Essential oils are an unobtrusive and easy way to improve the health and mood of you and your loved one. As the liquids that come from plants, essential oils are distilled – either through steam or expression (cold pressing) – from various parts of plants, including seeds, bark, leaves, stems and roots. These methods capture the plant’s scent and flavor, or “essence.”
While some controversy exists over some health claims associated with essential oils, there’s little argument around their abilities to improve mood, promote better sleep, relieve headaches and alleviate pain. Essential oils also have well-known antifungal, antibacterial and antiviral properties, and may help improve skin conditions and even ease symptoms of the common cold.
Of course, it takes a lot of plant to make just a tiny bit of oil for human use. For example, it takes nearly 3,000 lemons to distill just more than two pounds of lemon essential oil. That’s why “pure essential oils” are so potent (and at times pricey), but that potency is what makes an essential oil such a powerful plant medicinal.
How to use essential oils
Because essential oils are so potent, experts recommend being mindful about why and how you use them. In fact, a few drops may be all you need to see effects. The easiest way to work with essential oils is to incorporate them into a type of aromatherapy, a type of complementary medicine that involves inhaling essential oils or applying them topically to the skin to improve mood and health. In fact, research has shown aromatherapy to even be helpful in relieving symptoms and conditions associated with Alzheimer’s disease.
Try one of the popular methods of using aromatherapy to help your loved one:
- Evaporation: The natural process of evaporation is an easy way to use essential oils. Open the bottle and inhale a few deep breaths, or apply a few drops onto a cotton ball and inhale the aroma as it disperses. Or, drop a few drops into a bowl of hot water, place a towel over your head, and breathe in the steam.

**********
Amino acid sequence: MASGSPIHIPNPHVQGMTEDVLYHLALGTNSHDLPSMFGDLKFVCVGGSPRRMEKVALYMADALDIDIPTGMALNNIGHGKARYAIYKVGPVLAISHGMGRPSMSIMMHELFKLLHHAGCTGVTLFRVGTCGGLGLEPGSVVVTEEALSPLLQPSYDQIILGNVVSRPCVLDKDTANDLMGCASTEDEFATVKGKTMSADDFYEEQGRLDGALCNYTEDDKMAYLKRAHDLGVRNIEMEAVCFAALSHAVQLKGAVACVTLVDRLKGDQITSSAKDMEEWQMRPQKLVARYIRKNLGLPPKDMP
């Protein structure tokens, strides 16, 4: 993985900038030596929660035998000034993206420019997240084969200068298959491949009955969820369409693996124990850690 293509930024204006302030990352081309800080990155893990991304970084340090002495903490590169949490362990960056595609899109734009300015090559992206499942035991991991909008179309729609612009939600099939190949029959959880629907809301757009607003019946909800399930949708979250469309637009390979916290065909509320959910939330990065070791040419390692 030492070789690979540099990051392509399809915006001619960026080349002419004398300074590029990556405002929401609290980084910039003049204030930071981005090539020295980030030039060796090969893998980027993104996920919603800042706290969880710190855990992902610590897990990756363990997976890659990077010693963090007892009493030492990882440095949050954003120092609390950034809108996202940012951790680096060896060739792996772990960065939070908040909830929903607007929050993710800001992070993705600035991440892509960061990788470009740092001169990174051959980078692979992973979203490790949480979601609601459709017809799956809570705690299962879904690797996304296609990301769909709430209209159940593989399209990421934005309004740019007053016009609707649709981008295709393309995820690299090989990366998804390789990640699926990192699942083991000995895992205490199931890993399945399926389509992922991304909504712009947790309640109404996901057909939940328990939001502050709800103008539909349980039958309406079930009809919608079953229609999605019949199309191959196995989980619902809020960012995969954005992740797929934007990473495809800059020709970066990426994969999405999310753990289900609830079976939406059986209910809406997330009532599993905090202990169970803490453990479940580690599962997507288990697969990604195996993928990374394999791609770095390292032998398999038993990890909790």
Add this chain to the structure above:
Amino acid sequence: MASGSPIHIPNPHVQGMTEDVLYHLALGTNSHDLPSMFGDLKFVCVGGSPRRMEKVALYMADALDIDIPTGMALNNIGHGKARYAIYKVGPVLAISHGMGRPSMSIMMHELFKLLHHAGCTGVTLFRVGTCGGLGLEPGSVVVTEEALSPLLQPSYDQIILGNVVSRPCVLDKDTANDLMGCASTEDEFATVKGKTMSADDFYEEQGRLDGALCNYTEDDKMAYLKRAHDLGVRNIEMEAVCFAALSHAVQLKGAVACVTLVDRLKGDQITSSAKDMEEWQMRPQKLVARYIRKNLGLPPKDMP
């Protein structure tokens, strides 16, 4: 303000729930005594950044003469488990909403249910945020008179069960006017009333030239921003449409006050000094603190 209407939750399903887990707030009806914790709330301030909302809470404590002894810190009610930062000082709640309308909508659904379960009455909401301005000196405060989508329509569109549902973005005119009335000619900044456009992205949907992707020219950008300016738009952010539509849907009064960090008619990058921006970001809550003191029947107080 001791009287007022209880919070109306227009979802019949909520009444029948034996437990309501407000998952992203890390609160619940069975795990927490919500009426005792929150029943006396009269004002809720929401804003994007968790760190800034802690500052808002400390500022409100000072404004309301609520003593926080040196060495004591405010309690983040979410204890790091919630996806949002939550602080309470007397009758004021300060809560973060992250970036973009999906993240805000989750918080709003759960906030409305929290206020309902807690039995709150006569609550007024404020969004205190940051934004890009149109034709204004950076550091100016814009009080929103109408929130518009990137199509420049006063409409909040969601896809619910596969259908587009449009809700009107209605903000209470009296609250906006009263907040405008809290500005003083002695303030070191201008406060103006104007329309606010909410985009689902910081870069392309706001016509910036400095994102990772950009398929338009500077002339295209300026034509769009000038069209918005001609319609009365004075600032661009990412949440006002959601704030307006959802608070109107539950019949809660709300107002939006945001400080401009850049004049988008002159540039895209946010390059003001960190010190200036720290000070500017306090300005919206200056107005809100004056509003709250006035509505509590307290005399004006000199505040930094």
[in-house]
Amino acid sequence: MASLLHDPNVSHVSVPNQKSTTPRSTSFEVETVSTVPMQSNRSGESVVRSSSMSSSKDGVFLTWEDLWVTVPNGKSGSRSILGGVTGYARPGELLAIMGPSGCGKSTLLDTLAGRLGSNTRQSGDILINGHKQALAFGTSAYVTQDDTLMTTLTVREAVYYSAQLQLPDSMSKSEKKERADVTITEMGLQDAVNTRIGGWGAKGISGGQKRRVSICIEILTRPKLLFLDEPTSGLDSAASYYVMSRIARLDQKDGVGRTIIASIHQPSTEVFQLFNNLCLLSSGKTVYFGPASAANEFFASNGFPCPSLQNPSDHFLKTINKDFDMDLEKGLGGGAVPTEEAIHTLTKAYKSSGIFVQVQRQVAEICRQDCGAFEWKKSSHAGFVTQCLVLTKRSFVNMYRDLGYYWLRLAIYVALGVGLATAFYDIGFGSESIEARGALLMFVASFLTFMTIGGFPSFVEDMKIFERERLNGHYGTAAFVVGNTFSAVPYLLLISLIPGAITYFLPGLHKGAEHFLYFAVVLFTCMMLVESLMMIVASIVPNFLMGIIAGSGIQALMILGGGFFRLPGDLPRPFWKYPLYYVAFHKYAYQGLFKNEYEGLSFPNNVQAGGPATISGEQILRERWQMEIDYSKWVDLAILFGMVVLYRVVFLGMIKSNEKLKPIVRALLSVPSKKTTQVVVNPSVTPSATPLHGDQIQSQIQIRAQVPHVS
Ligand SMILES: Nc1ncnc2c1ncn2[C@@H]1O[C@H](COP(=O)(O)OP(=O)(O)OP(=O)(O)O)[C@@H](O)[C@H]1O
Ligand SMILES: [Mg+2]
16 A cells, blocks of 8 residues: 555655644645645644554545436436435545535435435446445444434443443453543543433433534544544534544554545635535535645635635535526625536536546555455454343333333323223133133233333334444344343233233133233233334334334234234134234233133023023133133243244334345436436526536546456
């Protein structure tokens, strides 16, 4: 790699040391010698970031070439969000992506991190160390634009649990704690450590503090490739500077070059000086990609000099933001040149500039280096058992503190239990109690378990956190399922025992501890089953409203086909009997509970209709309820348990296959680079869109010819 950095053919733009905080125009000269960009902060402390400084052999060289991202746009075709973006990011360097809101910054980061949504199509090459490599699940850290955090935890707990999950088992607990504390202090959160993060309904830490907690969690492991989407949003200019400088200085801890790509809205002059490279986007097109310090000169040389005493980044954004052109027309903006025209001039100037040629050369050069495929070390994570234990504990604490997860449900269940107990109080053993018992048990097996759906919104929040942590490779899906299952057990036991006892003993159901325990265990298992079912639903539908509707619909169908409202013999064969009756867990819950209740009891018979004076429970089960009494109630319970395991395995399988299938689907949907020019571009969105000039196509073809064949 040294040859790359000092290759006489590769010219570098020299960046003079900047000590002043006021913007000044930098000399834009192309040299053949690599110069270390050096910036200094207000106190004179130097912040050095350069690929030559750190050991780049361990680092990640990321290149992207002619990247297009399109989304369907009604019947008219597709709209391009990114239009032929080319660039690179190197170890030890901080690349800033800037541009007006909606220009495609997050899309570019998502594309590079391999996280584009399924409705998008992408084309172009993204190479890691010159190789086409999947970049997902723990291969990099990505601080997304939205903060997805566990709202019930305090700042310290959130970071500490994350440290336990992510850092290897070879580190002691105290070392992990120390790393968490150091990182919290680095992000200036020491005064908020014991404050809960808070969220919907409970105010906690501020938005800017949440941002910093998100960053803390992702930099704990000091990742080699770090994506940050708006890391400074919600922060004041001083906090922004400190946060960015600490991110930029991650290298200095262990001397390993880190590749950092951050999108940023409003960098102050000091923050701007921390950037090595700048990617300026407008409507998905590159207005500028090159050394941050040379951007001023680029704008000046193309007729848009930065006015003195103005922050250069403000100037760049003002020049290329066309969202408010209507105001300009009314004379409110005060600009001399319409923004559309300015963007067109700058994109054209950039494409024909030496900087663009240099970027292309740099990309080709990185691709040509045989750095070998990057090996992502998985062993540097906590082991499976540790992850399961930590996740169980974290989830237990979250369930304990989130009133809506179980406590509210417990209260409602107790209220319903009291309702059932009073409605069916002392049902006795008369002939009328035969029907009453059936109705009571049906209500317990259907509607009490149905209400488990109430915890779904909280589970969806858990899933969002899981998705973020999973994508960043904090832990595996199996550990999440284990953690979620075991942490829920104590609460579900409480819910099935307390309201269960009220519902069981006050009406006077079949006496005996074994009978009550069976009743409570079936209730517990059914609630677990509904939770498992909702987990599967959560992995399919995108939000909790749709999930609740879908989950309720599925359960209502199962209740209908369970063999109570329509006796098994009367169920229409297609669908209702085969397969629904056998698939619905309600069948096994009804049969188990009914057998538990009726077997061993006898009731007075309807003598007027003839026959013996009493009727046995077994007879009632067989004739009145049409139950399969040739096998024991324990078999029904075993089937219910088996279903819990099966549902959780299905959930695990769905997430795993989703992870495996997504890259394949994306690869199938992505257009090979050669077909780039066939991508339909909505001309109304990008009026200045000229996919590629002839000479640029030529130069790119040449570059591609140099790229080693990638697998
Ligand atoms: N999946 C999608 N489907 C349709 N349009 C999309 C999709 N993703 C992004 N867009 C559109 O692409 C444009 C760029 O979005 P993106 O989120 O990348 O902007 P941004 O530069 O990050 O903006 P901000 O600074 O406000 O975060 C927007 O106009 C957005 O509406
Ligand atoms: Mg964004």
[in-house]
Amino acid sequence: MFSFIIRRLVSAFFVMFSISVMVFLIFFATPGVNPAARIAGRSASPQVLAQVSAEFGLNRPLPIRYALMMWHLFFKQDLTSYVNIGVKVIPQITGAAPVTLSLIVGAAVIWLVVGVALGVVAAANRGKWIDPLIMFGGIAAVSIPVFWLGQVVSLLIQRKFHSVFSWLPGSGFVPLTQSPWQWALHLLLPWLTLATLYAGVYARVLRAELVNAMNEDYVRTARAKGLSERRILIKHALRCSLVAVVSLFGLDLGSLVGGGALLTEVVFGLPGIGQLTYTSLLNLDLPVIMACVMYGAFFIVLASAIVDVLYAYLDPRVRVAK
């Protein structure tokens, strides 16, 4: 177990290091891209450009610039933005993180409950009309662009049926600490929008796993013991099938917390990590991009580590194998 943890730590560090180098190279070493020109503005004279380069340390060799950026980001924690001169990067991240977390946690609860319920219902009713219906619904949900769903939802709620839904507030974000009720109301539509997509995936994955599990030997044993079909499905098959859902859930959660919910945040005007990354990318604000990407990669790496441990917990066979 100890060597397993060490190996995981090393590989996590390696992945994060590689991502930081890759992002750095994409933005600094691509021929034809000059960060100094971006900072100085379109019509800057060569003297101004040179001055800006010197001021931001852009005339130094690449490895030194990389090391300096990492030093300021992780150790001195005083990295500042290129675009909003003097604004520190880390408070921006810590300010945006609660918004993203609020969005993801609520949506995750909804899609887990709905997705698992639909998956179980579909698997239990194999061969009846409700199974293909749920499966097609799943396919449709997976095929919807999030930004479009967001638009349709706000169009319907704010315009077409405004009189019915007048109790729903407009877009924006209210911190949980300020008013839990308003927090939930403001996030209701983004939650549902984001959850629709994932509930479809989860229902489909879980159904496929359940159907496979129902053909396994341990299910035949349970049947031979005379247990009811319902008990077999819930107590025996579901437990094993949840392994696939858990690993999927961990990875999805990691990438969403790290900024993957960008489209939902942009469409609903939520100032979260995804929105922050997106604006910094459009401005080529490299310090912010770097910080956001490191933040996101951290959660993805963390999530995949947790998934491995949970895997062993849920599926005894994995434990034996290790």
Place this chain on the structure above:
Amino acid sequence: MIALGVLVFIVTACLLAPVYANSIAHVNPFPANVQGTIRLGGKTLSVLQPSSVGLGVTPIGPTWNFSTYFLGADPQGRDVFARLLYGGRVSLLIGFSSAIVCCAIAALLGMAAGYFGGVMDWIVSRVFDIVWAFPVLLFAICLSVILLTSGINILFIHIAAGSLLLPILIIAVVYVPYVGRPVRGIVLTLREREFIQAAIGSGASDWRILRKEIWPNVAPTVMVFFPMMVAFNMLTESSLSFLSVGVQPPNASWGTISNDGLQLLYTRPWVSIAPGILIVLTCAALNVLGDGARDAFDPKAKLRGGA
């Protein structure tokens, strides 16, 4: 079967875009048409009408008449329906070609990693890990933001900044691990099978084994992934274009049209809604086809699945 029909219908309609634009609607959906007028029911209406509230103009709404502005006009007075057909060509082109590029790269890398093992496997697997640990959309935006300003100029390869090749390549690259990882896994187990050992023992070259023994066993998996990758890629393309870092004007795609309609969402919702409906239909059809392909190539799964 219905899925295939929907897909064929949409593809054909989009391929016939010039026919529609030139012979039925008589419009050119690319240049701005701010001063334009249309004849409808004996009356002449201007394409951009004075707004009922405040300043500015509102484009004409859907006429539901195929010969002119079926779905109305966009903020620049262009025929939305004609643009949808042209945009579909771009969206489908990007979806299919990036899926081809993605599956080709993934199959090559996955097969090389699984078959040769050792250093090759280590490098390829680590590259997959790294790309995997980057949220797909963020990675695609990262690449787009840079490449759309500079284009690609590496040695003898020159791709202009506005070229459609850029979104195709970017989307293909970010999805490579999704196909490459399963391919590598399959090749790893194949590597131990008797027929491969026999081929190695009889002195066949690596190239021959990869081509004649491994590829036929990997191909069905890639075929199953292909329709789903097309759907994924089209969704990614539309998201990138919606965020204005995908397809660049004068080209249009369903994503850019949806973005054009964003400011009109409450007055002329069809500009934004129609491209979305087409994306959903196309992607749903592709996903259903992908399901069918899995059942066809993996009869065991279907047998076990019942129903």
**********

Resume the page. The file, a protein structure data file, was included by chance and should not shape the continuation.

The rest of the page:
- Diffuser: An essential oil diffuser allows you to disperse the aroma into large rooms or even an entire home in some cases. Not all diffusers are created equally, so do your homework before you buy. Diffusing essential oils is by far the safest way to use essential oils and also the least physically intrusive, making it an excellent option for those caring for loved ones with dementia who may become confused or agitated with topical application.
- Essential oil spray bottle: Two to three drops into a spray bottle makes for an excellent and portable aromatherapy method. You can freshen rooms or spray pillows, linens and towels. Be sure to purchase an amber or cobalt blue spray bottle to ensure the oils do not spoil from UV rays.
- Use in bathwater or shower: Add a few drops to a steamy bath (no more than two to three drops to a full tub to avoid skin irritations) to enjoy the aromatic steam of the oil. You can also drop a few drops on the floor of the shower for the same effect.
- Aromatherapy beads or inhalation beads: These bracelets and pendants are a fun, popular and stylish way to take aromatherapy with you wherever you and your loved one go. The porous nature of the stone is nature’s way of absorbing the oils.
- Personal inhaler: A personal inhaler can be easily carried in a purse or in the pocket of jeans, and serves as another portable safe aromatherapy method.